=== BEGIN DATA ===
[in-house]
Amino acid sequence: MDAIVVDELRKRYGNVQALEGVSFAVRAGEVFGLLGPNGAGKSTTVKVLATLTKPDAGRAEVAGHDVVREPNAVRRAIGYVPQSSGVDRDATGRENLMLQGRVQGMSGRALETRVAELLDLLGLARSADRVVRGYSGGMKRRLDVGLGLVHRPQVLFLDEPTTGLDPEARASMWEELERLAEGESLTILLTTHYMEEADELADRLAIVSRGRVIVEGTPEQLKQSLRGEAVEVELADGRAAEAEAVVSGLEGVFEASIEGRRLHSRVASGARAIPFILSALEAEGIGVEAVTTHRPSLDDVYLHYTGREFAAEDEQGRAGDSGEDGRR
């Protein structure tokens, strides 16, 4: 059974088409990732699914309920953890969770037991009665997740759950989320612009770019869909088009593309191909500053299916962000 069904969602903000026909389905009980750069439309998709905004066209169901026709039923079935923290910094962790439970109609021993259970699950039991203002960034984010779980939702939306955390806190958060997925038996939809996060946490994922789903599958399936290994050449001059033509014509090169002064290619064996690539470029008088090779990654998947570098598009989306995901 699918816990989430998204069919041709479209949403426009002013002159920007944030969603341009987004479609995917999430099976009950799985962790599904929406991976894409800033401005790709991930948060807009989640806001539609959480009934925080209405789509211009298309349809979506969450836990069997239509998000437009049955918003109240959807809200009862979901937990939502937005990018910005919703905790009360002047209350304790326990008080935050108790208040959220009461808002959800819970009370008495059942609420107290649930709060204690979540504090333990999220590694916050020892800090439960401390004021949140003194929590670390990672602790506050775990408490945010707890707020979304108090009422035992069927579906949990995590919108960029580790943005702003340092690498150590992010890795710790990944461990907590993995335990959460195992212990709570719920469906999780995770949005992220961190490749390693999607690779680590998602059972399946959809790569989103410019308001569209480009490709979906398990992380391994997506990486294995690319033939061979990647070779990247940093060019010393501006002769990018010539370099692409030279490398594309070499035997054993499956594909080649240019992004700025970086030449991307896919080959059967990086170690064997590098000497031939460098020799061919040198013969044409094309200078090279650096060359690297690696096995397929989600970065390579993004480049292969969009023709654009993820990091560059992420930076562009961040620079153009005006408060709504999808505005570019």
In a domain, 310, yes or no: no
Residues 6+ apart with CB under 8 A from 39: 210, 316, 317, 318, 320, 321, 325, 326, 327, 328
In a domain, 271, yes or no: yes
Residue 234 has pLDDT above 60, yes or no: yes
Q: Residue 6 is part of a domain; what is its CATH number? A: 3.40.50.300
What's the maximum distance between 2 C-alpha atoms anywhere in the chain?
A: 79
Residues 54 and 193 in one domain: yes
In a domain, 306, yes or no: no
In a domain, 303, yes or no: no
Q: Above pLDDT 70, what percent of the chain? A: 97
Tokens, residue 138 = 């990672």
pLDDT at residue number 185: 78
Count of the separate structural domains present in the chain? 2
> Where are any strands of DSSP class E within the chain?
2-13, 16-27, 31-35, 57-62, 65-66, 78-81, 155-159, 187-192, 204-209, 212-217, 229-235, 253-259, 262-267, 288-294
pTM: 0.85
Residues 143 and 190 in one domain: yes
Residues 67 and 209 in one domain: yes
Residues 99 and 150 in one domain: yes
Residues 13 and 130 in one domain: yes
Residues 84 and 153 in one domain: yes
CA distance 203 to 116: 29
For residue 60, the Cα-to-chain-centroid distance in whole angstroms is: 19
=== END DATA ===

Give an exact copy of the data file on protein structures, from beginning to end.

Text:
[in-house]
Amino acid sequence: MDAIVVDELRKRYGNVQALEGVSFAVRAGEVFGLLGPNGAGKSTTVKVLATLTKPDAGRAEVAGHDVVREPNAVRRAIGYVPQSSGVDRDATGRENLMLQGRVQGMSGRALETRVAELLDLLGLARSADRVVRGYSGGMKRRLDVGLGLVHRPQVLFLDEPTTGLDPEARASMWEELERLAEGESLTILLTTHYMEEADELADRLAIVSRGRVIVEGTPEQLKQSLRGEAVEVELADGRAAEAEAVVSGLEGVFEASIEGRRLHSRVASGARAIPFILSALEAEGIGVEAVTTHRPSLDDVYLHYTGREFAAEDEQGRAGDSGEDGRR
């Protein structure tokens, strides 16, 4: 059974088409990732699914309920953890969770037991009665997740759950989320612009770019869909088009593309191909500053299916962000 069904969602903000026909389905009980750069439309998709905004066209169901026709039923079935923290910094962790439970109609021993259970699950039991203002960034984010779980939702939306955390806190958060997925038996939809996060946490994922789903599958399936290994050449001059033509014509090169002064290619064996690539470029008088090779990654998947570098598009989306995901 699918816990989430998204069919041709479209949403426009002013002159920007944030969603341009987004479609995917999430099976009950799985962790599904929406991976894409800033401005790709991930948060807009989640806001539609959480009934925080209405789509211009298309349809979506969450836990069997239509998000437009049955918003109240959807809200009862979901937990939502937005990018910005919703905790009360002047209350304790326990008080935050108790208040959220009461808002959800819970009370008495059942609420107290649930709060204690979540504090333990999220590694916050020892800090439960401390004021949140003194929590670390990672602790506050775990408490945010707890707020979304108090009422035992069927579906949990995590919108960029580790943005702003340092690498150590992010890795710790990944461990907590993995335990959460195992212990709570719920469906999780995770949005992220961190490749390693999607690779680590998602059972399946959809790569989103410019308001569209480009490709979906398990992380391994997506990486294995690319033939061979990647070779990247940093060019010393501006002769990018010539370099692409030279490398594309070499035997054993499956594909080649240019992004700025970086030449991307896919080959059967990086170690064997590098000497031939460098020799061919040198013969044409094309200078090279650096060359690297690696096995397929989600970065390579993004480049292969969009023709654009993820990091560059992420930076562009961040620079153009005006408060709504999808505005570019």
In a domain, 310, yes or no: no
Residues 6+ apart with CB under 8 A from 39: 210, 316, 317, 318, 320, 321, 325, 326, 327, 328
In a domain, 271, yes or no: yes
Residue 234 has pLDDT above 60, yes or no: yes
Q: Residue 6 is part of a domain; what is its CATH number? A: 3.40.50.300
What's the maximum distance between 2 C-alpha atoms anywhere in the chain?
A: 79
Residues 54 and 193 in one domain: yes
In a domain, 306, yes or no: no
In a domain, 303, yes or no: no
Q: Above pLDDT 70, what percent of the chain? A: 97
Tokens, residue 138 = 């990672």
pLDDT at residue number 185: 78
Count of the separate structural domains present in the chain? 2
> Where are any strands of DSSP class E within the chain?
2-13, 16-27, 31-35, 57-62, 65-66, 78-81, 155-159, 187-192, 204-209, 212-217, 229-235, 253-259, 262-267, 288-294
pTM: 0.85
Residues 143 and 190 in one domain: yes
Residues 67 and 209 in one domain: yes
Residues 99 and 150 in one domain: yes
Residues 13 and 130 in one domain: yes
Residues 84 and 153 in one domain: yes
CA distance 203 to 116: 29
For residue 60, the Cα-to-chain-centroid distance in whole angstroms is: 19